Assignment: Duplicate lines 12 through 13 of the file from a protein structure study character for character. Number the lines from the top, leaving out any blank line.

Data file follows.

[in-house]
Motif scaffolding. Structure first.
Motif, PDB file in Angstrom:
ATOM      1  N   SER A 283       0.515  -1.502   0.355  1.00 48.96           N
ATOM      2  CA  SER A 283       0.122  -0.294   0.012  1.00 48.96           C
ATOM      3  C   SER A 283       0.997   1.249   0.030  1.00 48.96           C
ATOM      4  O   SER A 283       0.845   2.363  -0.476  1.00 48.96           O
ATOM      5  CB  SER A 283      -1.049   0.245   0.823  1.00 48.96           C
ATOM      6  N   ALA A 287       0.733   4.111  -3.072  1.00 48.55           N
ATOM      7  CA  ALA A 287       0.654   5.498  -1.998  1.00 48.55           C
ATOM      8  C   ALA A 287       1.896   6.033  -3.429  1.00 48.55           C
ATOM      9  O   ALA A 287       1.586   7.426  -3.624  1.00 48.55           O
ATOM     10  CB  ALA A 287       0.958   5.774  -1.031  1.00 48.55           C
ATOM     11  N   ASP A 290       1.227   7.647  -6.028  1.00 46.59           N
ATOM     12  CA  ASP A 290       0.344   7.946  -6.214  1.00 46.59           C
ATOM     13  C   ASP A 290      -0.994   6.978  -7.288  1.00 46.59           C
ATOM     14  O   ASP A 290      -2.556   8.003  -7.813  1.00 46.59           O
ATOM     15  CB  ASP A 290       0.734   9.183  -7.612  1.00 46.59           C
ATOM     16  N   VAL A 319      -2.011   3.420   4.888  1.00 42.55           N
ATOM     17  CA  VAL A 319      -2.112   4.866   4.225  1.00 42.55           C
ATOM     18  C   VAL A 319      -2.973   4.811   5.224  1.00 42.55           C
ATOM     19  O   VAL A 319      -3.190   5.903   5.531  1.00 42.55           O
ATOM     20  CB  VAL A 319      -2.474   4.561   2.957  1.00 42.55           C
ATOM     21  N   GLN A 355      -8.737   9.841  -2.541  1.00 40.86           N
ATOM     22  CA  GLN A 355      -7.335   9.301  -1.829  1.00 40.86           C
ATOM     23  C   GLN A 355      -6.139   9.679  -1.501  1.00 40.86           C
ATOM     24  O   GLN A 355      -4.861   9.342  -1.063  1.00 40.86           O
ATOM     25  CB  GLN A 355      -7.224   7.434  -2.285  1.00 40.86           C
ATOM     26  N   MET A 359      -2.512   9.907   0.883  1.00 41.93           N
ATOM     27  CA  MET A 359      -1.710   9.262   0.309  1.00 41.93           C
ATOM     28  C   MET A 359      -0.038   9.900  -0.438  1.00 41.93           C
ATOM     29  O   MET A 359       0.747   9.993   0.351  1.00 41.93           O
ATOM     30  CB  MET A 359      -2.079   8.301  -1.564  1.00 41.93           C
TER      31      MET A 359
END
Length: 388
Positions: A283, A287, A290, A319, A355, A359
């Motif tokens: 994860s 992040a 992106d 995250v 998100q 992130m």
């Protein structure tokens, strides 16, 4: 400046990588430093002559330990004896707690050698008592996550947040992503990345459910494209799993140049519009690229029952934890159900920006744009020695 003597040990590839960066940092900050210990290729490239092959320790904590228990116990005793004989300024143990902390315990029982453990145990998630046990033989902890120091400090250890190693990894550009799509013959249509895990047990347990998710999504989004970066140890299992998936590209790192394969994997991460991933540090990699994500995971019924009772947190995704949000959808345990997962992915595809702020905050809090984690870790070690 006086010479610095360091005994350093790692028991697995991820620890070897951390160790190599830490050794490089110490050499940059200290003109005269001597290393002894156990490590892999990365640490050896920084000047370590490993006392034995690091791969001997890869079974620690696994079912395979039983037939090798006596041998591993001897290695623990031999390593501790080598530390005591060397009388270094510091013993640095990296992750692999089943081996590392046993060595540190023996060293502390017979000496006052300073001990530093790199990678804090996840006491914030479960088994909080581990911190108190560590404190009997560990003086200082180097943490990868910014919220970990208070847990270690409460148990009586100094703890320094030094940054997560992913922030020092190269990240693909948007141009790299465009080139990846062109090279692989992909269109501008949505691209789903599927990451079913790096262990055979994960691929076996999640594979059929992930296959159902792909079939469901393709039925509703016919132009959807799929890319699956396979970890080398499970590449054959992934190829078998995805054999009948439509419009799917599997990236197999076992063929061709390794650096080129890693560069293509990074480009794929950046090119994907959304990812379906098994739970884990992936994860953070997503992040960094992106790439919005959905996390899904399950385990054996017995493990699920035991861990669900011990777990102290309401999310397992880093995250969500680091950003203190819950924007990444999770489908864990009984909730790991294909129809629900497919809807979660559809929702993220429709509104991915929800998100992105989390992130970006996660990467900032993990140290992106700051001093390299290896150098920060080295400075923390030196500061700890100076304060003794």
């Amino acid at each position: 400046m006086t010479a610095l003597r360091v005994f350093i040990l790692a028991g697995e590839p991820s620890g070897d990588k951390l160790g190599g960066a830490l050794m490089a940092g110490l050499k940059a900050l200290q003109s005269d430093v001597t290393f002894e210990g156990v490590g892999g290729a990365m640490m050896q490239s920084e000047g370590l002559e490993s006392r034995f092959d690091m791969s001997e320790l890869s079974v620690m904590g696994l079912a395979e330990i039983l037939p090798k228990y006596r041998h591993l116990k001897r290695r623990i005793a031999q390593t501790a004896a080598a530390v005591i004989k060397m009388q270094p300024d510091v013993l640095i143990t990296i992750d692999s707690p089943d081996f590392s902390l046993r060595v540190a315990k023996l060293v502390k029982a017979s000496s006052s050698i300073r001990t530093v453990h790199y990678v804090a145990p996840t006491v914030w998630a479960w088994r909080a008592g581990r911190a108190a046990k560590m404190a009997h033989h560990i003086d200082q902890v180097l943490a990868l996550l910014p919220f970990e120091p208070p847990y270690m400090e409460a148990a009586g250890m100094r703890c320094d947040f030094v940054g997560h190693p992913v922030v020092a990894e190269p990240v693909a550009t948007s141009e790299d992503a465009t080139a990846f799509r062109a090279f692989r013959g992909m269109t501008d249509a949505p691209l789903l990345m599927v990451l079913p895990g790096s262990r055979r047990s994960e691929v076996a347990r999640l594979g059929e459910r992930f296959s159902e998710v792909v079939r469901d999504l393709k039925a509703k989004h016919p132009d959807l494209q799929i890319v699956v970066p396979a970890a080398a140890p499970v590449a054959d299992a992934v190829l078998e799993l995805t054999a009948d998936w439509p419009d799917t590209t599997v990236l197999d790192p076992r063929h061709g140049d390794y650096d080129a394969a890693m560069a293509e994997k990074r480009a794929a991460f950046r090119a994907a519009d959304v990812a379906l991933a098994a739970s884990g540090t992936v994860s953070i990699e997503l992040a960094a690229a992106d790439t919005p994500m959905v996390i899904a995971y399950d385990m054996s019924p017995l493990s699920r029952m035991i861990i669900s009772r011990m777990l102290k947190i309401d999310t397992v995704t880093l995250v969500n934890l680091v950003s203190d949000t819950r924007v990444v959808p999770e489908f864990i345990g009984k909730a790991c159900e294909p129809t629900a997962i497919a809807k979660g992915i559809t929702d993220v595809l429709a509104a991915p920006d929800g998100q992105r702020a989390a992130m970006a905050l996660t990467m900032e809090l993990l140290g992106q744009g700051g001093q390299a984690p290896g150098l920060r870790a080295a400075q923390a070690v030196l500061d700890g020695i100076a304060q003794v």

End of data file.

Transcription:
ATOM      9  O   ALA A 287       1.586   7.426  -3.624  1.00 48.55           O
ATOM     10  CB  ALA A 287       0.958   5.774  -1.031  1.00 48.55           C